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Everything posted by Sir-Qalbi-Adeyg

  1. xiinfaniin in your haste attempt to paint General Duke as a clanist, you have shown yourself to be no different. What's the difference between admiring a whole clan and despising a whole clan? In both cases you are generalizing.
  2. Originally posted by xiinfaniin: quote:Originally posted by General Duke: Calm down son, now he is like "Goldogob", whyits a border town I am fond of and it may be a target as Galkacyu and others will probably be for these lunatics, just lets not see you carry anything out adeer.. What is that supposed to mean, yaa lowborn(I already said why I think you are lowborn)? I mean what on the flying world are on about? Goldogob is a somali city which i never been to. It's known to be a home for a somali clan i admire, but not belong to. Now I want know two things. How's it possible to admire a whole clan? Are there not individuals among that clan that one cannot admire?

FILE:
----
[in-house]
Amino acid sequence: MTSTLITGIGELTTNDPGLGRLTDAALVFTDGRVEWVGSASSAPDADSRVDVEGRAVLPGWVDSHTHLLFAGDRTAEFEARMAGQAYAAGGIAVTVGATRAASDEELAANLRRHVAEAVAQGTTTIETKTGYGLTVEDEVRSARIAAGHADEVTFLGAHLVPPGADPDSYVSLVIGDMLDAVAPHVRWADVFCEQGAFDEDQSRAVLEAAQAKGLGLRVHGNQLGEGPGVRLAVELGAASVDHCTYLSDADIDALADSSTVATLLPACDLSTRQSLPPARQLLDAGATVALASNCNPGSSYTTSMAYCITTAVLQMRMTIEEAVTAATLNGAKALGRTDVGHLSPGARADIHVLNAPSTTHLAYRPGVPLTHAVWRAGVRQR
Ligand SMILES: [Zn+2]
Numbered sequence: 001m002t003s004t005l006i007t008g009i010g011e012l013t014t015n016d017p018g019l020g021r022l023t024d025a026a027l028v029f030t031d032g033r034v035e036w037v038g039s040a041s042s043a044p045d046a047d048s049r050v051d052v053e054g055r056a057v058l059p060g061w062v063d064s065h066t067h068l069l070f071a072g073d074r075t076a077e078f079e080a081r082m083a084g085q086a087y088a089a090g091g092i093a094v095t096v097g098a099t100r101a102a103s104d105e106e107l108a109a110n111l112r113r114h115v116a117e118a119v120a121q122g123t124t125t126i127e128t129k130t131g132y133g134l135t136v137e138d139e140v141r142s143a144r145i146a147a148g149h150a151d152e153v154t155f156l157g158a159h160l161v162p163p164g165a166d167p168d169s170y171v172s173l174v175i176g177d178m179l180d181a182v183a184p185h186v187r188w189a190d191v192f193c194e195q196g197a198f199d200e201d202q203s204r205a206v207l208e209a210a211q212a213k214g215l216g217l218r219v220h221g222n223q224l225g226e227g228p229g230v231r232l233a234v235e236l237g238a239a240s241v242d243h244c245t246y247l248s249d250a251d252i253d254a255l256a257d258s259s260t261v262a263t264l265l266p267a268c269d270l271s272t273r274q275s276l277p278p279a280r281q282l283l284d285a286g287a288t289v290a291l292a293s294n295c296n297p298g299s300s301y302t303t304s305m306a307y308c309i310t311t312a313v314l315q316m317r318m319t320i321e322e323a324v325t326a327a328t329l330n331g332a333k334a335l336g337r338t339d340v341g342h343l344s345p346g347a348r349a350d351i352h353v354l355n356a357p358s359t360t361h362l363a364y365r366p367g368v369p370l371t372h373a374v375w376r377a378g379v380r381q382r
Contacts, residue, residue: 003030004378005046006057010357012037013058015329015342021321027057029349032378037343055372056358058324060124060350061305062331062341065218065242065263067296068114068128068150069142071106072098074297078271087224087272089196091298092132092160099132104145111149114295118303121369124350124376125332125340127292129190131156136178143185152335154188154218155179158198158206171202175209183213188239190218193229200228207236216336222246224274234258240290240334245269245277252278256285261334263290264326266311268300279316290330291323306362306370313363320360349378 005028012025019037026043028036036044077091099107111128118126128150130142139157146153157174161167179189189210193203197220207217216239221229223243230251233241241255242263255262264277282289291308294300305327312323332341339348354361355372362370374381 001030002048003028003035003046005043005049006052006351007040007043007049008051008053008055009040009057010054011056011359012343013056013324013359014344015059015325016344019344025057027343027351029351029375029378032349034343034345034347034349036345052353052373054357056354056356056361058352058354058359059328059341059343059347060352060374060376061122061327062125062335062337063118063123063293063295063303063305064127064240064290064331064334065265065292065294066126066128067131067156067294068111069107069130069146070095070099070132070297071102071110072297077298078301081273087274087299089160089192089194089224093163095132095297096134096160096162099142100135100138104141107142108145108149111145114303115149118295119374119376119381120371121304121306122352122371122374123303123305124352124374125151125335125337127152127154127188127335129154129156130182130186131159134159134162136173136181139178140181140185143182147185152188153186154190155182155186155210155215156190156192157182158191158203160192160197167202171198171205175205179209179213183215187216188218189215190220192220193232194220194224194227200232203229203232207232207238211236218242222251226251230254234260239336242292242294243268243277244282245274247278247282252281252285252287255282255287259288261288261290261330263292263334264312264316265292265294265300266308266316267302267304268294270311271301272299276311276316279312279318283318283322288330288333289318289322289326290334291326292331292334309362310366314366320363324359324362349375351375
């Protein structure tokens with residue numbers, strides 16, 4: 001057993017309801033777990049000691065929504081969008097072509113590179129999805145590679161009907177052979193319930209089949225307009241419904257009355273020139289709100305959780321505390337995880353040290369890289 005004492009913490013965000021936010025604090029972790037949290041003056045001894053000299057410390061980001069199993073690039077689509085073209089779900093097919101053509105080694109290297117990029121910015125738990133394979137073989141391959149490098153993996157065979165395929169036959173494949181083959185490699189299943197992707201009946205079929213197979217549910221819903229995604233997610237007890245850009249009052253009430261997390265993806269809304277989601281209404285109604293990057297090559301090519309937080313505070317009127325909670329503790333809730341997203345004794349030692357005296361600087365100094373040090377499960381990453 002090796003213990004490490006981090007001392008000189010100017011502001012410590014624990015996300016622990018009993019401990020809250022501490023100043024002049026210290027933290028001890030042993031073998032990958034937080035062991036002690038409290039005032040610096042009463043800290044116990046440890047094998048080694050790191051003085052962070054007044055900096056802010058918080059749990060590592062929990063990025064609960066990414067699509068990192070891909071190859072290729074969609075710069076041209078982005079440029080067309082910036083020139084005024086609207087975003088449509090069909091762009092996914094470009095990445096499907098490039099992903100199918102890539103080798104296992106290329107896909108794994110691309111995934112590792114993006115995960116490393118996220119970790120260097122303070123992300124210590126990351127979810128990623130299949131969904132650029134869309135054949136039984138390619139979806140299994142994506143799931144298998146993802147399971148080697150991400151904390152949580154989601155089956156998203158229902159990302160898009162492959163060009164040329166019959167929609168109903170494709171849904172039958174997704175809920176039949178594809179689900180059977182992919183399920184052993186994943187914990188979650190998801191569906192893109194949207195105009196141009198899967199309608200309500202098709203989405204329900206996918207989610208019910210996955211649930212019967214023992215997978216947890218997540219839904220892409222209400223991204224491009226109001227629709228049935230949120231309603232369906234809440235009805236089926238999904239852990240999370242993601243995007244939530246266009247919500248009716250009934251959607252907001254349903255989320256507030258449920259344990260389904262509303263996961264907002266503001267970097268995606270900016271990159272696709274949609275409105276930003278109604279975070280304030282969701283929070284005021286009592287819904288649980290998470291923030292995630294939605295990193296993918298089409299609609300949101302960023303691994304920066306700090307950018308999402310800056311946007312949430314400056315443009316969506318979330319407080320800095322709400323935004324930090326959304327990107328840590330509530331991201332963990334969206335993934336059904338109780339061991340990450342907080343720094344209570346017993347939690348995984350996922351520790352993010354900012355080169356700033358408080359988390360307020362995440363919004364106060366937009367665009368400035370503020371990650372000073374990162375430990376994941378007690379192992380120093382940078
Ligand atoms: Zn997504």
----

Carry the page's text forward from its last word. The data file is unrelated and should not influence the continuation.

3. Al shababs are the same tuugo who were setting up checkpoints in mogadisho and terrorizing little old ladies, now these guys are painted as some sort of hero's? Even if the Ethiopians leave and the TFG is disbanded, these groups will splinter and turn on each other like the mindless hyena's they are. They have no long term plans for somalia, at the very least with the TFG there was a government and a plan for somalia. Personally would rather see A/Y and puntlanders to pull our troops from the south, and let these southerners cannibalize each other.